Today, it is just a relic, a hold over, no doubt a living anachronism of the sadism of so called modern medicine & the sins of psychiatry. But that was then when I first agreed to this calling. Back then, before the last discharge at New York State Psychiatric Center on Wards Island.
There, where the last great psychiatric cathedral now stood, is a carefully laid out and organized hospital and symbol of the medical discourse to exercise its prowess at various levels of power. It was a symbol of the same sinful power that housed an entire population in hallways of the living-damned, and in the very next room, would force treatment upon its victims calling it a service, and making billions in the process as lobotomies set the stage for shock treatment, just to be supplanted by big pharmacy, the final abuser in a canon of psychiatric atrocities of the 21st century.
Today the legacy of the psychiatrists of New York Psychiatric Center is overshadowed by the rise of the specter of its ex-patients, psychiatric survivors, and peers that liberated medicine from psychiatry. It was the end of a movement that began in the 1970’s, almost forty years of struggle until that one day, when the last discharged patient was freed from those very passages by the peers that lived through Operation-Psych-Out.
Back then it was a day that began like any other, patients were just waking up for their morning medication, getting ready for their programs, and the nurses were taking report. All the while, on the shores of the island, beyond the gates of the grand-facility, was the staging point of the largest civilian army in the history of the United States. By the time psychiatric nursing was done with its last report in each unit, and right before morning rounds, the order to green-light Operation-Psych-Out, the liberation of New York Psychiatric Center was given.
Back then, nobody knew if it would work. It all began as chatter, talk amongst the peers in community mental health centers. Nobody knew, least of all me, that that talk about disseminate so quickly, move amongst the ranks of the peer movement, and rise to the level of its czar. That was when I first read about it on mental health affairs.org. Max Guttman had issued the order. Like the Nazi decree that all Jews must enter the ghetto, so too, Mr. Guttman had issued the order for the final deadline for New York Psychiatric Center, its staff, to comply with ward-closure teams, and sign-off on the discharge of every patient in the facility.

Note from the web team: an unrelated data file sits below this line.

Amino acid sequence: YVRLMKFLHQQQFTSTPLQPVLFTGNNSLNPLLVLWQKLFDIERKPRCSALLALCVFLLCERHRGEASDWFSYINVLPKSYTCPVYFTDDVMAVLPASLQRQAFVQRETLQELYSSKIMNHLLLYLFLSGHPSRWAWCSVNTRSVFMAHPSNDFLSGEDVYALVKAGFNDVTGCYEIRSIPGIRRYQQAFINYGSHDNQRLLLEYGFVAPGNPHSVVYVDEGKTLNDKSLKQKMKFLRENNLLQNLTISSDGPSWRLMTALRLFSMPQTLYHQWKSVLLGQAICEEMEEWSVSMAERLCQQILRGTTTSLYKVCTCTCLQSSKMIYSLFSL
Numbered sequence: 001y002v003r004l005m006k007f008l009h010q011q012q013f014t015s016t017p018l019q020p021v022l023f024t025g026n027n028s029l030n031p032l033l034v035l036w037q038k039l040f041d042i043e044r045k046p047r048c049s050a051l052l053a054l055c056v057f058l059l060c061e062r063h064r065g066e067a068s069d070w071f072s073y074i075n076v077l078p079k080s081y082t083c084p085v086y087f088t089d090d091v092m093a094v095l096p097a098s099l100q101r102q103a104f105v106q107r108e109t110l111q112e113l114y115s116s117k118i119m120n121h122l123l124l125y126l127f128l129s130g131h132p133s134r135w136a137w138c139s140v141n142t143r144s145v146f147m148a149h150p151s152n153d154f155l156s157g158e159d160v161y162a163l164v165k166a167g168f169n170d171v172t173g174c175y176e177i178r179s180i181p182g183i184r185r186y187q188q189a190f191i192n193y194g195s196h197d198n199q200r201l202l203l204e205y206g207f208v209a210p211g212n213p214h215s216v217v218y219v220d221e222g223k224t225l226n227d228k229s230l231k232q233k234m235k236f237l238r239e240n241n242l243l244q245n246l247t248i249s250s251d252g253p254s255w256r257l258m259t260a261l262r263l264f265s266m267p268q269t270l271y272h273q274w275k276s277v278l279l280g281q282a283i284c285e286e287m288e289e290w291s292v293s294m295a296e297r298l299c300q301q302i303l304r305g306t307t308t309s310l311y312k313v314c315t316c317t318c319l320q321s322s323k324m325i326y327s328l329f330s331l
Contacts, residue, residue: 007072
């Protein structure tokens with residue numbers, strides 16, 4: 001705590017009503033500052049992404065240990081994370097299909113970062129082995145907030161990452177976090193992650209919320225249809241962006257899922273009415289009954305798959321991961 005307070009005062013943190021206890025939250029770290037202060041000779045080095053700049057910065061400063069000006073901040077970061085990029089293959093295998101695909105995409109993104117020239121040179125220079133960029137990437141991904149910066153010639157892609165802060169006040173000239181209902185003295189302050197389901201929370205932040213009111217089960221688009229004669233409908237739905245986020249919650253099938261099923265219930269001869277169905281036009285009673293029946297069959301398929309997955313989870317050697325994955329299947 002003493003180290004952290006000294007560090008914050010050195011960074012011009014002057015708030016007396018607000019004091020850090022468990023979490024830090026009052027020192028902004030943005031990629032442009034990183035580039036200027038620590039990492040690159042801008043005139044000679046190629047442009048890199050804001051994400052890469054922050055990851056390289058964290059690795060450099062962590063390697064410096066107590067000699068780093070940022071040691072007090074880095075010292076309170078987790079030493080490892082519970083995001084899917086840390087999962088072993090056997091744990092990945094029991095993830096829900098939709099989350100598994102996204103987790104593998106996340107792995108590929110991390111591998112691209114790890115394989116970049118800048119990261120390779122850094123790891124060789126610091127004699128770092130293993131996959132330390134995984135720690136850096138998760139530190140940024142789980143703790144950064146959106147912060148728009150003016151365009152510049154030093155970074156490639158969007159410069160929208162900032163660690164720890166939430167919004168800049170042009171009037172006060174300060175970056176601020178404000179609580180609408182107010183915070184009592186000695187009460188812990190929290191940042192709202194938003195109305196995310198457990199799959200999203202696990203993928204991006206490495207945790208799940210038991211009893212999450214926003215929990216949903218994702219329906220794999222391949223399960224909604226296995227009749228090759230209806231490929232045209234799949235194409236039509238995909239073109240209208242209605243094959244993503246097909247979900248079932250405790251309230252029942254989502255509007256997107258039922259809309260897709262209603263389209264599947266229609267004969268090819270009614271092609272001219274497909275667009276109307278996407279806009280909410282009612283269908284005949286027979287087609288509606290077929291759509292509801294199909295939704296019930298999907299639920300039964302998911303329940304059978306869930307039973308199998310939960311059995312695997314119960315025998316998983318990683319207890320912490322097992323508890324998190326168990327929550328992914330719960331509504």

But when the day of Operation Psych-Out began, fate had already chosen its hero, and so anointed its czar in history. About the time patients were eating breakfast, they too could see the specter of the czar and its grand consortium of peers began their charge on the facilities gates. When the first shots were fired, and the first patriots fell, the alarms had already been sounded, and the staff mobilized.
Nobody knew then what would happen next. As with all things absolute, there was an exception to that rule. & with all that rule, for the peer czar answered only to calls from justice. It was at that very moment Mr. Guttman could be heard throughout the island, clear as day, a distant voice, now capturing the hearts of the patients with the same euphonious chatter from the community centers Mr. Guttman commensurate with his peers years ago, when the decree was issued for the last discharge.
That was when everything changed, and patients could see the specter rise in the very gaze of the psychiatrists. The czar had already won. His people liberated. Power restored in the hands of the people gifted by their sovereign czar Max Guttman. It was at that moment he laid down his powers as czar, taking off his coat, and re-joined the ranks of the peer movement as a peer. The balance had been restored, a people freed, and a discourse liberated from psychiatry and its rulers from the peer czar.